Most Americans Want More Gun Control. Why Doesn’t It Happen?
A coalition of California gun rights groups has sued the state in federal court to prevent the enactment of a law prohibiting people younger than 21 from buying firearms.
“Once individuals turn 18, they are adults in the eyes of the law,” said Carlsbad attorney John W. Dillon, lead counsel for the plaintiffs. “Law-abiding adults are entitled to fully exercise all of their fundamental rights, including their Second Amendment right to keep and bear arms for all lawful purposes, not just hunting or sport.”
The complaint was filed in the U.S. District Court for the Southern District of California. That’s the same district where Judge Roger Benitez struck down California’s ban on high-capacity ammunition magazines earlier this year.
Former Gov. Jerry Brown in September signed California’s law banning firearm sales to people under age 21. It expanded previous restrictions that prohibited people under age 21 from buying handguns. Military service members, law enforcement officers and licensed hunters have exceptions in the law and can own firearms.
Among the plaintiffs listed in the lawsuit is Matthew Jones, a 20-year-old Santee man whom the complaint alleges has no criminal record but who also is uninterested in pursuing a hunting license.
“Mr. Jones does not currently own any firearm but wishes to purchase one for self-defense and other lawful purposes,” according to the complaint.
A 20-year-old Vista man, Thomas Furrh, is another plaintiff who likewise wishes to own a gun for self-defense.
Other plaintiffs include the Firearms Policy Coalition, the Calguns Foundation and the Second Amendment Coalition.
“The Second Amendment is not a second-class right and adults over the age of 18 but under 21 are not second-class people,” said Brandon Combs, president of the Firearms Policy Coalition. “This case seeks to restore the Second Amendment human rights of legal adults who are being prevented from exercising them because of unconstitutional laws, policies, practices, customs that the State of California defendants are known to enforce.”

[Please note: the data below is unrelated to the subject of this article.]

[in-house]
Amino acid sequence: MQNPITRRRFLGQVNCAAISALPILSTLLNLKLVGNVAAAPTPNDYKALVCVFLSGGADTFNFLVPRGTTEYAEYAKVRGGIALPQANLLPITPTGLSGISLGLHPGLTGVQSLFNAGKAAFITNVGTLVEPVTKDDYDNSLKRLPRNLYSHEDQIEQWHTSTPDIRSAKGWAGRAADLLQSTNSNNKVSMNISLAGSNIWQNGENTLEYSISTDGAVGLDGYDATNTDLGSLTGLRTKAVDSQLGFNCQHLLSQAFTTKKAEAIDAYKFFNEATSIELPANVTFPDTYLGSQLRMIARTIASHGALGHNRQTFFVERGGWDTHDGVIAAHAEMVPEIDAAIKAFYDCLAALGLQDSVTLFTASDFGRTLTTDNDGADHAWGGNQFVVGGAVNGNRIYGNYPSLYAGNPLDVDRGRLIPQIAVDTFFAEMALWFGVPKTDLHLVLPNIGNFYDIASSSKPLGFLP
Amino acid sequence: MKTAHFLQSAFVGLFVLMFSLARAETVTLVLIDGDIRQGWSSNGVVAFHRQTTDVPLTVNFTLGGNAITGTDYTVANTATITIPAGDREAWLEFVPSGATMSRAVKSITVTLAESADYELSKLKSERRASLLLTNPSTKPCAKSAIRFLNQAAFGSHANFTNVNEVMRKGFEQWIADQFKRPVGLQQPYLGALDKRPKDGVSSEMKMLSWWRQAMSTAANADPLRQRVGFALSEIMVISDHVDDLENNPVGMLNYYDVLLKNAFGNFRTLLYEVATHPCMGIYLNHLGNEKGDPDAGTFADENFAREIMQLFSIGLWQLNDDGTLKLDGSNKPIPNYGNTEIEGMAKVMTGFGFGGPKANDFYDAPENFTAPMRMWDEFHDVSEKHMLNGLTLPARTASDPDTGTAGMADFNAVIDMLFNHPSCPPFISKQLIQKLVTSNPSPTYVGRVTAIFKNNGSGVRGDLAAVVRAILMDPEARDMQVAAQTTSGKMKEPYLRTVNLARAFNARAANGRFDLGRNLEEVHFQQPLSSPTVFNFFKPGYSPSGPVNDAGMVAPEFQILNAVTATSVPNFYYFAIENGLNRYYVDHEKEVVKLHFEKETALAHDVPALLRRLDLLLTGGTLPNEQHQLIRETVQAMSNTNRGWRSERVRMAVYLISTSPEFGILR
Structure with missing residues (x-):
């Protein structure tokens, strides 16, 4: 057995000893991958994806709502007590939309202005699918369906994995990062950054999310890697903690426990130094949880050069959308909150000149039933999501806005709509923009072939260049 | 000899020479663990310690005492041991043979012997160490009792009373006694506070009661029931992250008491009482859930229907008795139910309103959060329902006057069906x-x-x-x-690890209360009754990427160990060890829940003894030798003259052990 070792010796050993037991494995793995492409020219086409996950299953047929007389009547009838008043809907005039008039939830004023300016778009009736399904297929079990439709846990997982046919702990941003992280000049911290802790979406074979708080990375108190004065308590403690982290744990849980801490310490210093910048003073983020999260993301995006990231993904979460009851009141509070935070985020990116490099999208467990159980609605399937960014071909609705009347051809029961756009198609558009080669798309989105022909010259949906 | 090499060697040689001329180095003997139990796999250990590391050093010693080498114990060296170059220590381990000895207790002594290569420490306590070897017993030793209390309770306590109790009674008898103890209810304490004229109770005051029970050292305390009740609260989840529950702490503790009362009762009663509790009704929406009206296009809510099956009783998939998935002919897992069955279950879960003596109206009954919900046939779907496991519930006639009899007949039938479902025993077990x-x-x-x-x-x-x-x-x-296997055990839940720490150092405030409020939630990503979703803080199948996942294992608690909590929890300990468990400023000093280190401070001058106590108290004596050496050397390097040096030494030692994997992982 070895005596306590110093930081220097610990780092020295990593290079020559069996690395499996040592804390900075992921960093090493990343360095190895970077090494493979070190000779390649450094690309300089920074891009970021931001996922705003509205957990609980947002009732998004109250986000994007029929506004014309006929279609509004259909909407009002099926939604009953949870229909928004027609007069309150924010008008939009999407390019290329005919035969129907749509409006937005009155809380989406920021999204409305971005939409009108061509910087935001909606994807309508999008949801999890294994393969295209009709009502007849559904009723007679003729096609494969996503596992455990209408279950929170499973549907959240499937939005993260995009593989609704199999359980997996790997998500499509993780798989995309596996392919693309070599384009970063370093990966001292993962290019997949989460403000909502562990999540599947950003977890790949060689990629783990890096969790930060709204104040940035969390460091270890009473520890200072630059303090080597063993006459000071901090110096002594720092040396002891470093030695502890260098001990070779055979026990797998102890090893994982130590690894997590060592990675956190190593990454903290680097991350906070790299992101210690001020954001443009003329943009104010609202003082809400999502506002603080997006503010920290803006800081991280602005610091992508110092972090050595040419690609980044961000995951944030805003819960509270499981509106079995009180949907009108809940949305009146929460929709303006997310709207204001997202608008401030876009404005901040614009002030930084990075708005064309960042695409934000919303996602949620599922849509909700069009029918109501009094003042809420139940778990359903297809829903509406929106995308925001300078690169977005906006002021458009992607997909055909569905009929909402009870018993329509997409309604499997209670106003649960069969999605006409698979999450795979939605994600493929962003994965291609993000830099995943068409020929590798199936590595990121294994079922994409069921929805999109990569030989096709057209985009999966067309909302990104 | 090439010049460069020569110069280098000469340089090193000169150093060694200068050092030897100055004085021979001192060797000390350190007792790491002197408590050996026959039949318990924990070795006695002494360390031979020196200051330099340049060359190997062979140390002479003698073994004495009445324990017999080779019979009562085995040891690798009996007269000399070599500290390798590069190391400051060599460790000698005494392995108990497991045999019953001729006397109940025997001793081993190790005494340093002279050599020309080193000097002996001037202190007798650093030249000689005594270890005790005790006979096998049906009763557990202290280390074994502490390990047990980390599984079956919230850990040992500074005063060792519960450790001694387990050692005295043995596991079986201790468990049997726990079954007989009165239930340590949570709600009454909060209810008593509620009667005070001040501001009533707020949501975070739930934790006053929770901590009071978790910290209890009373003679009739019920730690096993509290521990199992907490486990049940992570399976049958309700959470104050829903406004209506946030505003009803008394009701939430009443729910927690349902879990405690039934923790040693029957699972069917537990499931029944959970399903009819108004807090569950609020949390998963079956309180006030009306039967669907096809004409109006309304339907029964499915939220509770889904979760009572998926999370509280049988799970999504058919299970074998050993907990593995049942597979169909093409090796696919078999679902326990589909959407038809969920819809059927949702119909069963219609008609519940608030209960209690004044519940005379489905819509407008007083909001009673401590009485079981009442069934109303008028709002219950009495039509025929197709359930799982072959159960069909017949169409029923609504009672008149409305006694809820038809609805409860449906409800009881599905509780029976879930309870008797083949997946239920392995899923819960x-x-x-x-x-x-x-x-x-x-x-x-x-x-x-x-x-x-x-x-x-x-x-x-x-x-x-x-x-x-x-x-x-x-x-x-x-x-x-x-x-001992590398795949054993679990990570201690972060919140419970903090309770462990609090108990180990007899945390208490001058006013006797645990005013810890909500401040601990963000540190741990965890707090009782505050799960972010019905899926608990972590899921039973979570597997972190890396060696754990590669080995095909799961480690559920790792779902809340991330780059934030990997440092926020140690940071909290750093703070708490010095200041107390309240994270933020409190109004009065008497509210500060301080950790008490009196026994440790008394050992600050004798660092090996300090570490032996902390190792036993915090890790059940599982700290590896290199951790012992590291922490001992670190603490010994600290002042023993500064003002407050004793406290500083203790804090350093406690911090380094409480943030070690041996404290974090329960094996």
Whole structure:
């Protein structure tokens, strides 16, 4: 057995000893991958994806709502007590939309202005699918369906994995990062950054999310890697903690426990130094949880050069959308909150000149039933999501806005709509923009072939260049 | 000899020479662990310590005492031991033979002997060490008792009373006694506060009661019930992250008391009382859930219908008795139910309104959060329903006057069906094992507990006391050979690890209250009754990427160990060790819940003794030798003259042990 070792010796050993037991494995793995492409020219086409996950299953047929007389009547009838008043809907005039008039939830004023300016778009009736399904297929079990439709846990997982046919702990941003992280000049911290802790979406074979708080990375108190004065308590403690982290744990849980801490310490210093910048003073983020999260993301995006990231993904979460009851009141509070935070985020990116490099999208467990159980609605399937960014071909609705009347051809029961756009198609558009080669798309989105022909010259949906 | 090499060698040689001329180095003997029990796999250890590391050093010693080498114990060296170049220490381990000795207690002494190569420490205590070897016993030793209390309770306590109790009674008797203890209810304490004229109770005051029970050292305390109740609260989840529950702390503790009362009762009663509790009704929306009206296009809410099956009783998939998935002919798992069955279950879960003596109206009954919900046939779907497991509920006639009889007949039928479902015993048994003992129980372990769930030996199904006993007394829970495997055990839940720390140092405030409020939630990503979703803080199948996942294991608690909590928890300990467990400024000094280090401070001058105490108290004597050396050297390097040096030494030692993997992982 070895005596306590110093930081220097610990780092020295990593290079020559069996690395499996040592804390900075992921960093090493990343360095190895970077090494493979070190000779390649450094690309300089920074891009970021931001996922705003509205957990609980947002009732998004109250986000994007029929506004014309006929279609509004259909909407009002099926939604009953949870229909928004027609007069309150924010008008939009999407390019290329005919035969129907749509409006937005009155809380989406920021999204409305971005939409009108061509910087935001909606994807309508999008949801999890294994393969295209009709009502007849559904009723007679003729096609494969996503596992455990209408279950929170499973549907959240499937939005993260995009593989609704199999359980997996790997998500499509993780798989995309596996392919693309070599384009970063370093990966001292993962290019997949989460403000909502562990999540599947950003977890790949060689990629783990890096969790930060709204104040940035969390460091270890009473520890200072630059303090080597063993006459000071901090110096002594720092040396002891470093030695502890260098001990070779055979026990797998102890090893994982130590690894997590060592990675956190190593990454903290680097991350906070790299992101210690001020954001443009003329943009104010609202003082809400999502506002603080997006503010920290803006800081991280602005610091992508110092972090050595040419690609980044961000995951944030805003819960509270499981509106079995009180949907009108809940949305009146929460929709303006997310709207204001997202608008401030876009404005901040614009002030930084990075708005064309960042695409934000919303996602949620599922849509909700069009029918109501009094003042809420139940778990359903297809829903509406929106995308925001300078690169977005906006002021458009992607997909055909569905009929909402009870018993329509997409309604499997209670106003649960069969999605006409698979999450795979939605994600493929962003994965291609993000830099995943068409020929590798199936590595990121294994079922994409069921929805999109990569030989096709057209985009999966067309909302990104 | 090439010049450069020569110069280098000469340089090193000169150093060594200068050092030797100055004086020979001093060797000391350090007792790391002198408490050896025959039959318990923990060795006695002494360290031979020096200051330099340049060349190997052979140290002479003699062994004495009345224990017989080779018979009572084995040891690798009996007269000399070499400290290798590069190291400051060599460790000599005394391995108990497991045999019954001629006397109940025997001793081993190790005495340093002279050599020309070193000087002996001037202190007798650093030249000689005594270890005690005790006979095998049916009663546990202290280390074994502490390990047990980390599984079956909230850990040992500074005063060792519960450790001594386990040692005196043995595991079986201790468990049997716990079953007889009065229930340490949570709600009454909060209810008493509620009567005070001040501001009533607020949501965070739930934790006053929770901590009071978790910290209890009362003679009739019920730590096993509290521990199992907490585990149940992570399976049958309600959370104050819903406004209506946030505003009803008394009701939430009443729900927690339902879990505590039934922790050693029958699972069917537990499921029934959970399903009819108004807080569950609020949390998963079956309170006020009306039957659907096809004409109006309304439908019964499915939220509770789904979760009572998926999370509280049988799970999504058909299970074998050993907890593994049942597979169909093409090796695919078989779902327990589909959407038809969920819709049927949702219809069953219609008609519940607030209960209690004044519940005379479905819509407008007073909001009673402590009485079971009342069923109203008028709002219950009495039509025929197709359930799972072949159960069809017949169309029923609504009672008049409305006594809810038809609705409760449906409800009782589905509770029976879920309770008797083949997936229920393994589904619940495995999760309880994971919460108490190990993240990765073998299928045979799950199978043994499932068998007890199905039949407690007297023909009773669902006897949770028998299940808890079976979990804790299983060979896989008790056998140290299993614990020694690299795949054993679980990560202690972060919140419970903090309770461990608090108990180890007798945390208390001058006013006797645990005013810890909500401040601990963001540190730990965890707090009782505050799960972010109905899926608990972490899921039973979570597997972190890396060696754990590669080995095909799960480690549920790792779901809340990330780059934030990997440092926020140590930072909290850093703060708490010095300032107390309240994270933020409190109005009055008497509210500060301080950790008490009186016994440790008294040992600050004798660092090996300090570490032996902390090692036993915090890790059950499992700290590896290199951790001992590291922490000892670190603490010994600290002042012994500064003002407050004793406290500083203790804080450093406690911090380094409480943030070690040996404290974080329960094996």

The lawsuit drew condemnation from state Sen. Anthony Portanino, D-La Cañada Flintridge, who wrote SB 1100.
“I’m outraged that some people would work so hard to put our school children in jeopardy by fighting this very sensible and appropriate law. Parents should not be worried about purchasing bulletproof backpacks or afraid of gun violence on our campuses when California has already put in place an effort to alleviate those concerns,” Portantino said.
The senator said the law does not discriminate against young people.
“Here, you cannot purchase alcohol, tobacco or rent a car at 18 so putting an age restriction on gun purchases is an effective and legal practice,” he said.
Portantino vowed to “do everything in my power to make our campuses safe from gun violence and to fight this effort to overturn SB 1100.”
Judge Benitez in late March overturned a 2016 California law that prohibited sales of large-capacity magazines. The law took effect, anyway, after Benitez granted a request to allow the state to enforce the law while it appeals his ruling.